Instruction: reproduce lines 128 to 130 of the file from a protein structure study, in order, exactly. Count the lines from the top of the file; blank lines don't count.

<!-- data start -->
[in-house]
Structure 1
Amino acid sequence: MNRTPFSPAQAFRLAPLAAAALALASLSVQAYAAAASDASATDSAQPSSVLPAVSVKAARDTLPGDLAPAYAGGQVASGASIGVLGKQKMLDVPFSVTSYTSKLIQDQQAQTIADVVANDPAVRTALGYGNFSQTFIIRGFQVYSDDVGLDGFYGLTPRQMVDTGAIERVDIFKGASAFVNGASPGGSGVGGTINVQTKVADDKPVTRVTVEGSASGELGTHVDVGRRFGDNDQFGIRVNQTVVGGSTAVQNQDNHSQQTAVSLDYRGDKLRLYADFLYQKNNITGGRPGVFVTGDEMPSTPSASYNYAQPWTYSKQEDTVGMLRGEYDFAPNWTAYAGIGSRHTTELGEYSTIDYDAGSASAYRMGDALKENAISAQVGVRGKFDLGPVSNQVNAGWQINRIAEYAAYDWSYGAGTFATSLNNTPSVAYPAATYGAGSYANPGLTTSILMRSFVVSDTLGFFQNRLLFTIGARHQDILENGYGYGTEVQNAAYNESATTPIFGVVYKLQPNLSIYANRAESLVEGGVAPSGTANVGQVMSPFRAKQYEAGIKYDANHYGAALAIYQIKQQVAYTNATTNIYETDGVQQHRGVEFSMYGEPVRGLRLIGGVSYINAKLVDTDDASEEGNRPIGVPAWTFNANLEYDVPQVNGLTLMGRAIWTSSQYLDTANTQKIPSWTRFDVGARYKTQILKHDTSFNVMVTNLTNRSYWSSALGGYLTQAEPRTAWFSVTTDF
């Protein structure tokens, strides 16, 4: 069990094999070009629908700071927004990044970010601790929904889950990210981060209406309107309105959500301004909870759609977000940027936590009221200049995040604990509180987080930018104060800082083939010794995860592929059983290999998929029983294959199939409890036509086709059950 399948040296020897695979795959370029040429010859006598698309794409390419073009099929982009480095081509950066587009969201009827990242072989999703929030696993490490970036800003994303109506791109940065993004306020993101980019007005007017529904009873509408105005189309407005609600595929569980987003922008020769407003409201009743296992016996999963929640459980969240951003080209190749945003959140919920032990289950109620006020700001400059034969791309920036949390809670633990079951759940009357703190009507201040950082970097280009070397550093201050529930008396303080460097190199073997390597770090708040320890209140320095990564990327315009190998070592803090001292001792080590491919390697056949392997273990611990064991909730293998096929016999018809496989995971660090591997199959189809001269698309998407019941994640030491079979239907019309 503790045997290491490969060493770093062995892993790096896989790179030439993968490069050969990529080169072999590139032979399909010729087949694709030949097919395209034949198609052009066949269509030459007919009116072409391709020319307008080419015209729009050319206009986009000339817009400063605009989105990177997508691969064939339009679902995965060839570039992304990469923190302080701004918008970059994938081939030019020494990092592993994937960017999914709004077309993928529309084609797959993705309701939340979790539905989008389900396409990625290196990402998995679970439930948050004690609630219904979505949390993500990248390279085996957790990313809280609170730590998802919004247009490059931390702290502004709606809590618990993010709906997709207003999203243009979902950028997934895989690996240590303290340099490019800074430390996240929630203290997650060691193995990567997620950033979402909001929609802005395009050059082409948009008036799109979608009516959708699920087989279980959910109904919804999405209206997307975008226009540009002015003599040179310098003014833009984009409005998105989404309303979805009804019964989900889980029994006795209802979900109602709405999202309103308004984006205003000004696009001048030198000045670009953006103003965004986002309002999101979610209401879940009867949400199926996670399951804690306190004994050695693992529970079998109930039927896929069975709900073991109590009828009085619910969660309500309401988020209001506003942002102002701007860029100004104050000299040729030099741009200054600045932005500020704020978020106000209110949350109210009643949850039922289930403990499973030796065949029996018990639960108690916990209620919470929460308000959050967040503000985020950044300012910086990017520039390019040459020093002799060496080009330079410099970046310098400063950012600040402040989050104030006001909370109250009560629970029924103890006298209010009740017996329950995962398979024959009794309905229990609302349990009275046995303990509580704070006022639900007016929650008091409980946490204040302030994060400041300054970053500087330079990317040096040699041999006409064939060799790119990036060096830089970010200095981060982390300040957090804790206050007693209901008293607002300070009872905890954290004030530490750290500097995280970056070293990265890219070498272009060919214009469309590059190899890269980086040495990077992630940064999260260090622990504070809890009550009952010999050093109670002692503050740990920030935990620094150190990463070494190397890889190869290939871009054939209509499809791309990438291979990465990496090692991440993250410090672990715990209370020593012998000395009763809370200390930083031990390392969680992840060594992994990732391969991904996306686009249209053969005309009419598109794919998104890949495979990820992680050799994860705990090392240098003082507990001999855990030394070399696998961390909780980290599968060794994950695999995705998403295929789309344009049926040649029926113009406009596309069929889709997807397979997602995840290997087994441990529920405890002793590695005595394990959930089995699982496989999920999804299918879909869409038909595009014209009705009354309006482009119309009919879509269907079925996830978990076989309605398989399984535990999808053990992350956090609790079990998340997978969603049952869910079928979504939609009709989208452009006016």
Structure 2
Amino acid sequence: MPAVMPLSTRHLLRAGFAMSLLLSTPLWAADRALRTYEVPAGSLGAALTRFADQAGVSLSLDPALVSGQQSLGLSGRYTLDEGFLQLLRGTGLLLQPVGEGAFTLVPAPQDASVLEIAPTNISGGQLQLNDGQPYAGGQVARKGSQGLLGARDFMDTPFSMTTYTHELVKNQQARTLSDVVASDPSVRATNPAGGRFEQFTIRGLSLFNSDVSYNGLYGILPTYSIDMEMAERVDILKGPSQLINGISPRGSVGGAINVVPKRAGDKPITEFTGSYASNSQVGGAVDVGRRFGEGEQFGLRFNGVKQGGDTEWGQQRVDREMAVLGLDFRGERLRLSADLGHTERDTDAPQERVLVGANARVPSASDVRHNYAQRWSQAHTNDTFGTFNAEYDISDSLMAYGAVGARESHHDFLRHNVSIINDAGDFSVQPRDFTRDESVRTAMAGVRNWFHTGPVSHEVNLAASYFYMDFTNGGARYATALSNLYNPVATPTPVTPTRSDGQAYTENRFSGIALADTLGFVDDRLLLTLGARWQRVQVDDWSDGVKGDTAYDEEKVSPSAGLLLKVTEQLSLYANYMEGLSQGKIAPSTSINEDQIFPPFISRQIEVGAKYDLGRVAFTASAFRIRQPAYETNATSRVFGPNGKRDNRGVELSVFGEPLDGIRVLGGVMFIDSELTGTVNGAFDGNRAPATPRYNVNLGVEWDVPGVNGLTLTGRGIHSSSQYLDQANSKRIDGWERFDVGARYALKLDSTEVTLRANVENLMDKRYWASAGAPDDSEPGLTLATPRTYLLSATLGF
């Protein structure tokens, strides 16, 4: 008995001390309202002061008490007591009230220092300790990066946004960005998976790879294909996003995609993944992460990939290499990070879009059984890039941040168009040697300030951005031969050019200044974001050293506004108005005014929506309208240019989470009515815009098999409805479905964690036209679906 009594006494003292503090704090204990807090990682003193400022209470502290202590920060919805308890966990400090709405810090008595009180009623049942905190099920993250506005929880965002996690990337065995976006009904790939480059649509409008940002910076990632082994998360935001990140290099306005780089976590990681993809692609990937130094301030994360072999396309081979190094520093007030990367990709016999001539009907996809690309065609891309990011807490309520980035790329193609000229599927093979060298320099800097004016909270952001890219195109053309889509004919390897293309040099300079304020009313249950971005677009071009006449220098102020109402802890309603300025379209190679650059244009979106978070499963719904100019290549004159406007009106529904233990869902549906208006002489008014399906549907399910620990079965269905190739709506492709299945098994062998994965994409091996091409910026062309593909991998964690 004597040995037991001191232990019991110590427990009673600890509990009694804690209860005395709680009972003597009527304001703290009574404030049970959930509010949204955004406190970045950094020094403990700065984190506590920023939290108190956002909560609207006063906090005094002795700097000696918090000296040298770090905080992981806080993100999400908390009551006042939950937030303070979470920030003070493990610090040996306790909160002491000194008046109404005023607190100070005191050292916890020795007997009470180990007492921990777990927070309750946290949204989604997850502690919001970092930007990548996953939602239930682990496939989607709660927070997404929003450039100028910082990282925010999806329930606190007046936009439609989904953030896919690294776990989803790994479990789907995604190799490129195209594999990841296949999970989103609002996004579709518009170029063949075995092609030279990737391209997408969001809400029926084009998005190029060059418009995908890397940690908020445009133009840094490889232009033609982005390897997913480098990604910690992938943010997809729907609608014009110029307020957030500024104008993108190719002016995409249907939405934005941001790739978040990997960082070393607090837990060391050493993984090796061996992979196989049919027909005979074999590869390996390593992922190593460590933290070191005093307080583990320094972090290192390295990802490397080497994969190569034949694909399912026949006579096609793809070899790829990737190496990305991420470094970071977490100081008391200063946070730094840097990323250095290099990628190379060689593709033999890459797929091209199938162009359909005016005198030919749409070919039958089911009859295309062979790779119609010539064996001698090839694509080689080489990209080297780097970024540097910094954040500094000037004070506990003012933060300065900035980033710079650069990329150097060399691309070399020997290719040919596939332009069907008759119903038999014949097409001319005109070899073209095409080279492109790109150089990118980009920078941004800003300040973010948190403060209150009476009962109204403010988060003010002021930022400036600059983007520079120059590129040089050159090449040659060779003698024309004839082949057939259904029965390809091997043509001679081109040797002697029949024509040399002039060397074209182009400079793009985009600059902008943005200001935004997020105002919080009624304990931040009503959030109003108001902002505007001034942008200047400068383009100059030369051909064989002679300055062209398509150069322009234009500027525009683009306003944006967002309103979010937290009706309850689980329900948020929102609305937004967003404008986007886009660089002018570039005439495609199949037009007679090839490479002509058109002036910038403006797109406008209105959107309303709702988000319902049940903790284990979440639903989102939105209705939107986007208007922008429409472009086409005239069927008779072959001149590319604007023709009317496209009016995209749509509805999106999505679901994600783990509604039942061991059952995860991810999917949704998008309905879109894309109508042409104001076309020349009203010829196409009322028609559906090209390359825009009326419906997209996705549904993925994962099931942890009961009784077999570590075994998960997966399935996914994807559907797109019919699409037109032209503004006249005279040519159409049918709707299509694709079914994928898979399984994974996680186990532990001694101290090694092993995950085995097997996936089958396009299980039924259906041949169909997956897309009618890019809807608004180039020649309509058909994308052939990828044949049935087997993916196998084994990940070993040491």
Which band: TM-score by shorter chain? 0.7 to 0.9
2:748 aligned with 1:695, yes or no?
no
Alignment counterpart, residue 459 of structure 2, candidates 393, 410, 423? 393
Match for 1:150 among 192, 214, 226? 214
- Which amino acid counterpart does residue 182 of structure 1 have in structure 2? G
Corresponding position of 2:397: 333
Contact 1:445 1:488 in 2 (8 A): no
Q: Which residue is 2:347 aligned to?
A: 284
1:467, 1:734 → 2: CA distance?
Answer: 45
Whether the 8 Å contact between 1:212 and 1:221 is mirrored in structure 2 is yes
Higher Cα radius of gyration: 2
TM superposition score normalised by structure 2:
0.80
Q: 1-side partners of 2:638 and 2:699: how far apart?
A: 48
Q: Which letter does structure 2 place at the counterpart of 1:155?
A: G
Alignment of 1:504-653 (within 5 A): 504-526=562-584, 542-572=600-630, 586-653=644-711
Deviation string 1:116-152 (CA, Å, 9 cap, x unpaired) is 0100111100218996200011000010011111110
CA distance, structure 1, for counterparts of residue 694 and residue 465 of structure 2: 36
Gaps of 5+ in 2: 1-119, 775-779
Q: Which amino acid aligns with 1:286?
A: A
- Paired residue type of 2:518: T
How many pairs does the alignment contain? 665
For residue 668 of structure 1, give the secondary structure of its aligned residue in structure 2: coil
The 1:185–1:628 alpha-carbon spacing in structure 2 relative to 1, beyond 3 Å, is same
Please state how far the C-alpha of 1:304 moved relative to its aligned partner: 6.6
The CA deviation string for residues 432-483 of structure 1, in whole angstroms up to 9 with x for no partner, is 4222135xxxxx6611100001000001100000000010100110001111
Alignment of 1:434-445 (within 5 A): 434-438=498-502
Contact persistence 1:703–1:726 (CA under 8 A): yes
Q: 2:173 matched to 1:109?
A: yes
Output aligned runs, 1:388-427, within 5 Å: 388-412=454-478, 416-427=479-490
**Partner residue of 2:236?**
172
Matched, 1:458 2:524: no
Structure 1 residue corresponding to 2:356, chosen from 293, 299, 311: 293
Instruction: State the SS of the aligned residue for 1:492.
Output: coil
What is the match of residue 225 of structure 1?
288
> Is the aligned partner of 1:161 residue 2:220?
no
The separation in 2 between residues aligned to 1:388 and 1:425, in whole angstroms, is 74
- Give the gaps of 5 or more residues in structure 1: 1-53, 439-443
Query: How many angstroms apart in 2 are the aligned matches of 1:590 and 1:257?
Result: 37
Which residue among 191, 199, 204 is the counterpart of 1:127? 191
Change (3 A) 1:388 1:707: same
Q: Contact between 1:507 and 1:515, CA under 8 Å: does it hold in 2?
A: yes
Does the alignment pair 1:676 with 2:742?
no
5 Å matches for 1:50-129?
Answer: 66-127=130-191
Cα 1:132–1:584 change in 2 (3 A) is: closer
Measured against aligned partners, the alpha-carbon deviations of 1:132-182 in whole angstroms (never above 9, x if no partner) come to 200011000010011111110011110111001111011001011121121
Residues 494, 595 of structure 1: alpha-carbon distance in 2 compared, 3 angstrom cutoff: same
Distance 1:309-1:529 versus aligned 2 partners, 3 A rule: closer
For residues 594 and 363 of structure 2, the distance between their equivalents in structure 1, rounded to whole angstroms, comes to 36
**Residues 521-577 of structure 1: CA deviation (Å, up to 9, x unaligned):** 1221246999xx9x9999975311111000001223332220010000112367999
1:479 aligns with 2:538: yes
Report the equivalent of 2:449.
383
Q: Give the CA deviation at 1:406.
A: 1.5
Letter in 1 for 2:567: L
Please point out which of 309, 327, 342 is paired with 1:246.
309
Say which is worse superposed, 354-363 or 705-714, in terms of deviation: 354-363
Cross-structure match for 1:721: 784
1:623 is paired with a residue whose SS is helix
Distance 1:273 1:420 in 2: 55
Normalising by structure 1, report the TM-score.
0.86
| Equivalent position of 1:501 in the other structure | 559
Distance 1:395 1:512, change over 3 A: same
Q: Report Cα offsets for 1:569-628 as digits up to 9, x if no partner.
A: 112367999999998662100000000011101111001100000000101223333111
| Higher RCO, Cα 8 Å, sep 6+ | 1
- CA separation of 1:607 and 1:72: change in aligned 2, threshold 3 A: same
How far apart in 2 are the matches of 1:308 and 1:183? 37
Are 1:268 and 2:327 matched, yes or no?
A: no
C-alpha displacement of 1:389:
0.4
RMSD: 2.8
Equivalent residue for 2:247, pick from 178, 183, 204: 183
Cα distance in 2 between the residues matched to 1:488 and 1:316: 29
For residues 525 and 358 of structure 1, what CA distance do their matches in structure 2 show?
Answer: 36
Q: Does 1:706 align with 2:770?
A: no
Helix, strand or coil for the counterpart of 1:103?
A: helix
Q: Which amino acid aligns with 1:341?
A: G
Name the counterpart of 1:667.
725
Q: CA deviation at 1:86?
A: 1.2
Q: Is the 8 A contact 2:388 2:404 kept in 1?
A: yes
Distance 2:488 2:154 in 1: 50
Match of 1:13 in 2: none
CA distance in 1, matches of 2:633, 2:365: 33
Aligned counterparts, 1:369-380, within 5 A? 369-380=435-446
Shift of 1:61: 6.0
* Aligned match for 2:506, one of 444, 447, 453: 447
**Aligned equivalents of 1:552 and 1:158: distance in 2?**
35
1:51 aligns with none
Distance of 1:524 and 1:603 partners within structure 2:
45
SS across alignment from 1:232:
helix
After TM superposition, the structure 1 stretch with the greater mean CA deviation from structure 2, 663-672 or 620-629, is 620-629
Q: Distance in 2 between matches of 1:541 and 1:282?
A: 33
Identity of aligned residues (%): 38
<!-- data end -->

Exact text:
After TM superposition, the structure 1 stretch with the greater mean CA deviation from structure 2, 663-672 or 620-629, is 620-629
Q: Distance in 2 between matches of 1:541 and 1:282?
A: 33